Everyone’s A Hero

However, I do feel compelled to close out with an observation for the new (or the ego-driven) role-player.  The BioWare story is about a hero.  Each class story is epic in proportion to what’s going on for other characters.  In the game you play a character with oodles of potential.  As your class story progresses you deliver on that and get to reveal galactic-shaking climaxes.  And so if you are the type of person who thinks role-play is about being the super-hero, where your character has no flaws and cannot be beaten by anything, then I could easily see such prospectors finding a ton of gold in the river.  If I bump into your character I fully expect you to be running about the galaxy with a very shiny and rust-proof posterior demeanor.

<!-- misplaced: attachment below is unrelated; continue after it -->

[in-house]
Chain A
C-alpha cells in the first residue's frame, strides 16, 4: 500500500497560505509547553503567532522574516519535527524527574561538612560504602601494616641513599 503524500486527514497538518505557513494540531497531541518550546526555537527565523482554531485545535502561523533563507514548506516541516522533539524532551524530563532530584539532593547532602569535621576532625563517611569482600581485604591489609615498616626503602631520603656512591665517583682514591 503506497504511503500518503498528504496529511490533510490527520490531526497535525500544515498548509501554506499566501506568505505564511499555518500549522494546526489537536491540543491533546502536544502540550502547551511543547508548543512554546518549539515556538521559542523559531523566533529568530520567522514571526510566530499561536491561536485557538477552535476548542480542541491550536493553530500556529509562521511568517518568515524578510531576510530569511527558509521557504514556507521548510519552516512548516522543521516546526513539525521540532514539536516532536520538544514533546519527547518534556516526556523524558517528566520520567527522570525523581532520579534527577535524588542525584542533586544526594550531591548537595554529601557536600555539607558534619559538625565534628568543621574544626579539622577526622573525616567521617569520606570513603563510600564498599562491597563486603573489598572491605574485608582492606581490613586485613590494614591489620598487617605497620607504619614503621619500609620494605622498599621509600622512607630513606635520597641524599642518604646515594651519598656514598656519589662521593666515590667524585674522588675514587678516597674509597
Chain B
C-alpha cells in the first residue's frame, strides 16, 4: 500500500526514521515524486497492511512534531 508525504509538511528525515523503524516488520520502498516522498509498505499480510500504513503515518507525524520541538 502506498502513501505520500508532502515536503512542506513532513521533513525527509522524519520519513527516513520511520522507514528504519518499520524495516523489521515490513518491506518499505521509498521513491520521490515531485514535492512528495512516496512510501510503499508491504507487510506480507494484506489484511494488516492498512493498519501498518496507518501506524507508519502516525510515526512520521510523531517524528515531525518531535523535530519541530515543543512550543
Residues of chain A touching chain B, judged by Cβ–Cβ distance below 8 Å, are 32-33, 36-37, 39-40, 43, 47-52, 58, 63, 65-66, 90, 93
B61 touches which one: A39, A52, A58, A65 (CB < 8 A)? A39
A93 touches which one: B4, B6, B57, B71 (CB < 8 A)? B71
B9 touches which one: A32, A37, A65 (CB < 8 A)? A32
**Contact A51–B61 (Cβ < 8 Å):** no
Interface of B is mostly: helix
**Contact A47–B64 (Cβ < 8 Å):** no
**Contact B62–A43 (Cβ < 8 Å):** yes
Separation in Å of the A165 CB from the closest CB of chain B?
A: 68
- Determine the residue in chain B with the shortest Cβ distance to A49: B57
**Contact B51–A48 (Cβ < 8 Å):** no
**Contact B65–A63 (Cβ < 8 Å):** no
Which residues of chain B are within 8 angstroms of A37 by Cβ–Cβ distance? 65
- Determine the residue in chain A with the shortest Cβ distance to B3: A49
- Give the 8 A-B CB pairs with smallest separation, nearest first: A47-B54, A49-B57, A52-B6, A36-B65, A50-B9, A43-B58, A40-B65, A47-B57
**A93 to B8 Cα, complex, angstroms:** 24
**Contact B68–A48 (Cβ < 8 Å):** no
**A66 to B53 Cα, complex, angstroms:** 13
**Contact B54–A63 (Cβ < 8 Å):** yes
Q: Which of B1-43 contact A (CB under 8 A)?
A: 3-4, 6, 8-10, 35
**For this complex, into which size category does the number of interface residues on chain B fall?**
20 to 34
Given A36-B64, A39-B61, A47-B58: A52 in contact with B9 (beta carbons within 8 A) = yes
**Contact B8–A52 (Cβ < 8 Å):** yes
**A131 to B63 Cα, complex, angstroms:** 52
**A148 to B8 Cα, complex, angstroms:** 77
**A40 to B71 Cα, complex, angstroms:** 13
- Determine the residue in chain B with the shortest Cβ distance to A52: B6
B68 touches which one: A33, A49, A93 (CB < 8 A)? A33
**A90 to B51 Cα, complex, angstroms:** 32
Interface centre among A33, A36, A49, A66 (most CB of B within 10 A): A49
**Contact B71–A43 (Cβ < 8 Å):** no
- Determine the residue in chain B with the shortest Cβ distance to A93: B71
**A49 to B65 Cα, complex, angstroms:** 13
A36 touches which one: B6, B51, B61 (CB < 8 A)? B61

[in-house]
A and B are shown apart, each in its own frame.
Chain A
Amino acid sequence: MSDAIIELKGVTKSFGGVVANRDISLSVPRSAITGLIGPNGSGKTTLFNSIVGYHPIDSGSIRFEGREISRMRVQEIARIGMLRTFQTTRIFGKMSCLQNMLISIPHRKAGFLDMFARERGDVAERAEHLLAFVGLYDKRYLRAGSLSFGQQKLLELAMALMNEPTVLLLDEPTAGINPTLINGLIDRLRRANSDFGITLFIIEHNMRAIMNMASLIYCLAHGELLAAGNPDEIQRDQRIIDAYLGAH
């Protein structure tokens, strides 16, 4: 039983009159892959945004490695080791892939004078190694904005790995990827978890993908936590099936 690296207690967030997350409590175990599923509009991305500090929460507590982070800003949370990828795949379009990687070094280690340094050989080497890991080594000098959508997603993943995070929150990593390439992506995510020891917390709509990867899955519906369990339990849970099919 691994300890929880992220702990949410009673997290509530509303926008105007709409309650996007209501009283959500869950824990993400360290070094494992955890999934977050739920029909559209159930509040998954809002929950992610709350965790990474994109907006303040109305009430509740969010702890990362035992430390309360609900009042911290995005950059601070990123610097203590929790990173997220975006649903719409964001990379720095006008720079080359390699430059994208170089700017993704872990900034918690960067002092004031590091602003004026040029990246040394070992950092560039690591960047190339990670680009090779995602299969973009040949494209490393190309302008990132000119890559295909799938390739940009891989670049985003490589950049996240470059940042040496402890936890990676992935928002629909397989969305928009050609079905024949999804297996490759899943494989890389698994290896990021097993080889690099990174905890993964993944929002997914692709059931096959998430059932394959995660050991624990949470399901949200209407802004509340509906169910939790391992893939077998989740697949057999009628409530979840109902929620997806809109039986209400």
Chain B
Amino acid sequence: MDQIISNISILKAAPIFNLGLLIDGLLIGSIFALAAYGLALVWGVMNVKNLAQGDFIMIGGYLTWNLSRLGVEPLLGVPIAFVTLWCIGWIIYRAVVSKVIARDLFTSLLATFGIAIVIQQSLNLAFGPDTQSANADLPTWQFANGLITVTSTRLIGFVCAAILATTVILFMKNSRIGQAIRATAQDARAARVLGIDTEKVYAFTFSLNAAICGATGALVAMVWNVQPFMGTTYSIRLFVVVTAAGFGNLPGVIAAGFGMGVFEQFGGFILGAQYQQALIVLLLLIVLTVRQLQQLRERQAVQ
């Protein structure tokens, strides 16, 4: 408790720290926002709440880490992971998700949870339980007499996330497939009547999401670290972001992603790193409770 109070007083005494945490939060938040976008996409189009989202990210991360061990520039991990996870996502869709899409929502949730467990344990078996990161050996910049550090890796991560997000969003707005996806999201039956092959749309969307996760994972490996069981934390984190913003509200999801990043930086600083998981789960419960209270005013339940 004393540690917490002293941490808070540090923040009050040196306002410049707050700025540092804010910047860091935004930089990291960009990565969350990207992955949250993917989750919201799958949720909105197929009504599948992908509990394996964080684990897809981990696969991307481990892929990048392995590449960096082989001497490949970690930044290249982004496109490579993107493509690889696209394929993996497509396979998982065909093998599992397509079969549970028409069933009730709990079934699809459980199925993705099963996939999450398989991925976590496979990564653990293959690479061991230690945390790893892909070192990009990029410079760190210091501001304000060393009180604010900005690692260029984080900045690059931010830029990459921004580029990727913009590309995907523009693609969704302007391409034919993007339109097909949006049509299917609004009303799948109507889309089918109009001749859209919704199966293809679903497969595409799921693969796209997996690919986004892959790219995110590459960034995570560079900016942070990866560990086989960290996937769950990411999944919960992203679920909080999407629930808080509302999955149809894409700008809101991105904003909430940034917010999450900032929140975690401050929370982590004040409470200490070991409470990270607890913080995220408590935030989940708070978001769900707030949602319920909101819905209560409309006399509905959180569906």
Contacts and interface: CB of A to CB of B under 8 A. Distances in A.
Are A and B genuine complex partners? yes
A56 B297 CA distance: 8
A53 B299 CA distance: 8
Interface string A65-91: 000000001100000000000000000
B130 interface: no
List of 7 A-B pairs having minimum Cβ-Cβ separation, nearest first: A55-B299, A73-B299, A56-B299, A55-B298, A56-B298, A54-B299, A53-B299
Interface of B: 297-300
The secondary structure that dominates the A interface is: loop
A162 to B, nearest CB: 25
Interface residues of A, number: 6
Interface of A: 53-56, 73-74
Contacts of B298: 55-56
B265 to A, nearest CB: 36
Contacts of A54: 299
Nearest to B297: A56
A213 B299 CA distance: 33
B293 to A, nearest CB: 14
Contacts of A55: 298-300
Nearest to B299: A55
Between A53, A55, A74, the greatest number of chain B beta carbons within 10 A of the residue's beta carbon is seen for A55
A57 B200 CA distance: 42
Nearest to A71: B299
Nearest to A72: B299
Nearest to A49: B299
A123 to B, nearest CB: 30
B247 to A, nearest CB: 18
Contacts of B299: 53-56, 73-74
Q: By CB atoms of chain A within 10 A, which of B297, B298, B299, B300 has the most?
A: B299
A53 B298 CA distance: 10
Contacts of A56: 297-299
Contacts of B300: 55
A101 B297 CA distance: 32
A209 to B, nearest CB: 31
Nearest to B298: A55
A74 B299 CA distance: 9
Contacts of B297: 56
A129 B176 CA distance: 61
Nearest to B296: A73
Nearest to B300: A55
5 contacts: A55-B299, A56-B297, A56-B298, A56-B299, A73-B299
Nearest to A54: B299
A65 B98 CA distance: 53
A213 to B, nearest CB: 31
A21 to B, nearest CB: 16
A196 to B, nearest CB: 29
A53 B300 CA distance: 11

In short, the BioWare story will either bring out the best in us, or the worst in us.  The dissonance of determined dialogue isn’t really dissonance for a role-player that appreciates that our shared story is about co-creation and enjoyment for all.  I’ve been inspired by great story all my life.  TOR is a collection of great stories.  And so I have no shame in admitting that my character’s background will at points be inspired by BioWare’s story.   However, at most the BioWare story will be like a casual sprinkling of pepper on my meal.  I’ll use it for flavour, mindful of the reality that the meal already has flavour of its’ own.

  1. Lady Republic says: